Vietnam’s Can Tho City saw its land subsiding at a rate of 4.37 centimeters per year during the 2005-17 period, the severest in the Mekong Delta region, Pham Anh Huan, head of environmental and water resource management at the Can Tho Department of Resources and Environment, said on Monday.
Can Tho’s sinking momentum was presented at a conference on solutions for sinking and groundwater management in the Mekong Delta on Monday.
On top of that, satellite image analytics also suggested that the city is sinking more than five centimeters per year for the most part.
Dr. Ha Quang Khai from the Ho Chi Minh City University of Technology pointed out that the majority of Mekong Delta provinces are sinking at the average rate of 1.1-3 centimeters per year, making Can Tho’s situation the gravest in the region.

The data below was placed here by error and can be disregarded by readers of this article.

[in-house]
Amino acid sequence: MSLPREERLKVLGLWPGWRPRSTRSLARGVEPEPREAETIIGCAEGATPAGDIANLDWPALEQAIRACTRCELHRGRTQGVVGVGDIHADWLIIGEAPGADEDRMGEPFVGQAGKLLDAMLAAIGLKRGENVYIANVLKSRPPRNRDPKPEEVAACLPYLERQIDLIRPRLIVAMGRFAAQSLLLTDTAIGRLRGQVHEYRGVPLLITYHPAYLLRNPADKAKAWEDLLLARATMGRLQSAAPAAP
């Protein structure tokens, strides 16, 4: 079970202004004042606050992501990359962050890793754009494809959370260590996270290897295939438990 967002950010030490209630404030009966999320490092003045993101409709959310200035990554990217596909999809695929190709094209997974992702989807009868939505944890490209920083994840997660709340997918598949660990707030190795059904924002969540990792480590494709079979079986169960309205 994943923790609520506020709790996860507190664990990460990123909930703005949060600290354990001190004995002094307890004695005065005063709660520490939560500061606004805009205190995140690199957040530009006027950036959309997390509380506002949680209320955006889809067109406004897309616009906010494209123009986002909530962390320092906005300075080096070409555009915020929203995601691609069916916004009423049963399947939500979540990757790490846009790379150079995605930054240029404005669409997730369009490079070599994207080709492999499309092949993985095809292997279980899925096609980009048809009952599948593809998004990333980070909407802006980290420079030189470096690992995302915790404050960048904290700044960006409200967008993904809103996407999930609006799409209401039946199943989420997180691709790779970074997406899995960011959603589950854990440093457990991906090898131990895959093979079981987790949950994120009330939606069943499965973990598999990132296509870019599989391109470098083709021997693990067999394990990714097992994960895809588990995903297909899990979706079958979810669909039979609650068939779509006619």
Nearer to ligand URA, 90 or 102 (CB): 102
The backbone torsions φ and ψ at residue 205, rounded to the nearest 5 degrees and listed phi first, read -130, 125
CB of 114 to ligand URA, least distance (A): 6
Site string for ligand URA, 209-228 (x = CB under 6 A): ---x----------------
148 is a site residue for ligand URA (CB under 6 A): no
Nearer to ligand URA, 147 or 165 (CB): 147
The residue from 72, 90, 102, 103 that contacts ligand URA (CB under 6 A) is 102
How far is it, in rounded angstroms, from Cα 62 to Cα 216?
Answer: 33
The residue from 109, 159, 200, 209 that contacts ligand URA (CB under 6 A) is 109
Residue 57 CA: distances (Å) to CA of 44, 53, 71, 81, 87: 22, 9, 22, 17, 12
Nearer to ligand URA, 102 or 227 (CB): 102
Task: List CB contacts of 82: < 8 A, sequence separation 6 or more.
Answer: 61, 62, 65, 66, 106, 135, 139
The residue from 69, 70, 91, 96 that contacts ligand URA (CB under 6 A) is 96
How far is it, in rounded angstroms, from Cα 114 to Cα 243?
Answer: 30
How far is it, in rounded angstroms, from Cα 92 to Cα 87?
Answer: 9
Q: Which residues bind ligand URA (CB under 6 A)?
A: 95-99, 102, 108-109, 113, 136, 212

Can Tho’s sinking stems from natural pressure, excessive groundwater mining, as well as physical pressure from unregulated infrastructure development, experts concurred at the conference.
Meanwhile, the link between urban flooding and land sinking requires further research to confirm, Khai denoted.
Nguyen Thuc Hien, deputy chairman of the Can Tho People’s Committee, said the city is working to pinpoint the areas that require restriction of groundwater extraction, which is expected to help curb land sinking.